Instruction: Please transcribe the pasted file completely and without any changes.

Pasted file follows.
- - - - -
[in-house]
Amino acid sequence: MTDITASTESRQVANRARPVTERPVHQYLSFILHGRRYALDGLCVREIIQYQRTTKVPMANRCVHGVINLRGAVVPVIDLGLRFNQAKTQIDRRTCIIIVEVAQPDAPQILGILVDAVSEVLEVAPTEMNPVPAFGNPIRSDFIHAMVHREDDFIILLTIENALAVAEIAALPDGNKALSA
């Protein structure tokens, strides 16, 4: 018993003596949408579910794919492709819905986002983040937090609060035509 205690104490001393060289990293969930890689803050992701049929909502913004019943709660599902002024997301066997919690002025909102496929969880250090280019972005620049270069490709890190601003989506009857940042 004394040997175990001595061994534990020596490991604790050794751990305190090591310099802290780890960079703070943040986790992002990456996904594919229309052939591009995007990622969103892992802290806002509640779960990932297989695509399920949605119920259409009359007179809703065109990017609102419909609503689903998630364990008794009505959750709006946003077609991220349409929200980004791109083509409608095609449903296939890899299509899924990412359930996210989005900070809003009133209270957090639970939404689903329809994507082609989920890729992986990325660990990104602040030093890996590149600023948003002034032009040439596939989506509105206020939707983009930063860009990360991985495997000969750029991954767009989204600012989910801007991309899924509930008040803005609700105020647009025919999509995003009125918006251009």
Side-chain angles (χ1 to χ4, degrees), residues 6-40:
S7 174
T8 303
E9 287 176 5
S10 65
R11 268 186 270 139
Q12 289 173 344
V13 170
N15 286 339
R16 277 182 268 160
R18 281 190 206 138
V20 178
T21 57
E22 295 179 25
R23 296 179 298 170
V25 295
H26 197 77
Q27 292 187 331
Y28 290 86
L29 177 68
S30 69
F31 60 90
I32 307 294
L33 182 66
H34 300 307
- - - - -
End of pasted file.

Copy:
[in-house]
Amino acid sequence: MTDITASTESRQVANRARPVTERPVHQYLSFILHGRRYALDGLCVREIIQYQRTTKVPMANRCVHGVINLRGAVVPVIDLGLRFNQAKTQIDRRTCIIIVEVAQPDAPQILGILVDAVSEVLEVAPTEMNPVPAFGNPIRSDFIHAMVHREDDFIILLTIENALAVAEIAALPDGNKALSA
């Protein structure tokens, strides 16, 4: 018993003596949408579910794919492709819905986002983040937090609060035509 205690104490001393060289990293969930890689803050992701049929909502913004019943709660599902002024997301066997919690002025909102496929969880250090280019972005620049270069490709890190601003989506009857940042 004394040997175990001595061994534990020596490991604790050794751990305190090591310099802290780890960079703070943040986790992002990456996904594919229309052939591009995007990622969103892992802290806002509640779960990932297989695509399920949605119920259409009359007179809703065109990017609102419909609503689903998630364990008794009505959750709006946003077609991220349409929200980004791109083509409608095609449903296939890899299509899924990412359930996210989005900070809003009133209270957090639970939404689903329809994507082609989920890729992986990325660990990104602040030093890996590149600023948003002034032009040439596939989506509105206020939707983009930063860009990360991985495997000969750029991954767009989204600012989910801007991309899924509930008040803005609700105020647009025919999509995003009125918006251009």
Side-chain angles (χ1 to χ4, degrees), residues 6-40:
S7 174
T8 303
E9 287 176 5
S10 65
R11 268 186 270 139
Q12 289 173 344
V13 170
N15 286 339
R16 277 182 268 160
R18 281 190 206 138
V20 178
T21 57
E22 295 179 25
R23 296 179 298 170
V25 295
H26 197 77
Q27 292 187 331
Y28 290 86
L29 177 68
S30 69
F31 60 90
I32 307 294
L33 182 66
H34 300 307